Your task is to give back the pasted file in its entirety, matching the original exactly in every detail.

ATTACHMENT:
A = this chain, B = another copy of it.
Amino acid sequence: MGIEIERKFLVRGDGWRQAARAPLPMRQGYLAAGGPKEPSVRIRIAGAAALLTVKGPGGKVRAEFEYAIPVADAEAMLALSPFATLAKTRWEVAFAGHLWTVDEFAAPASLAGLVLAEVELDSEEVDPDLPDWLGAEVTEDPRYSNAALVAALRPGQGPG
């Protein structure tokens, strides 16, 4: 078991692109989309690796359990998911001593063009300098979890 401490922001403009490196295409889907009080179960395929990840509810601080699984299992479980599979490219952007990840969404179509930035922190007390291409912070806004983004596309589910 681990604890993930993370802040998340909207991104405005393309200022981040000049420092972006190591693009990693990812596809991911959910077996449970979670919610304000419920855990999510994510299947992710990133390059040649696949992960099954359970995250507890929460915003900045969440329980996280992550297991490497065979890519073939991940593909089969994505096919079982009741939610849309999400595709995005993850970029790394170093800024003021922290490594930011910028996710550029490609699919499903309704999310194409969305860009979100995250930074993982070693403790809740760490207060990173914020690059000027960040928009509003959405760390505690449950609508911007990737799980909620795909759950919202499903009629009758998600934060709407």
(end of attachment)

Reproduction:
A = this chain, B = another copy of it.
Amino acid sequence: MGIEIERKFLVRGDGWRQAARAPLPMRQGYLAAGGPKEPSVRIRIAGAAALLTVKGPGGKVRAEFEYAIPVADAEAMLALSPFATLAKTRWEVAFAGHLWTVDEFAAPASLAGLVLAEVELDSEEVDPDLPDWLGAEVTEDPRYSNAALVAALRPGQGPG
């Protein structure tokens, strides 16, 4: 078991692109989309690796359990998911001593063009300098979890 401490922001403009490196295409889907009080179960395929990840509810601080699984299992479980599979490219952007990840969404179509930035922190007390291409912070806004983004596309589910 681990604890993930993370802040998340909207991104405005393309200022981040000049420092972006190591693009990693990812596809991911959910077996449970979670919610304000419920855990999510994510299947992710990133390059040649696949992960099954359970995250507890929460915003900045969440329980996280992550297991490497065979890519073939991940593909089969994505096919079982009741939610849309999400595709995005993850970029790394170093800024003021922290490594930011910028996710550029490609699919499903309704999310194409969305860009979100995250930074993982070693403790809740760490207060990173914020690059000027960040928009509003959405760390505690449950609508911007990737799980909620795909759950919202499903009629009758998600934060709407």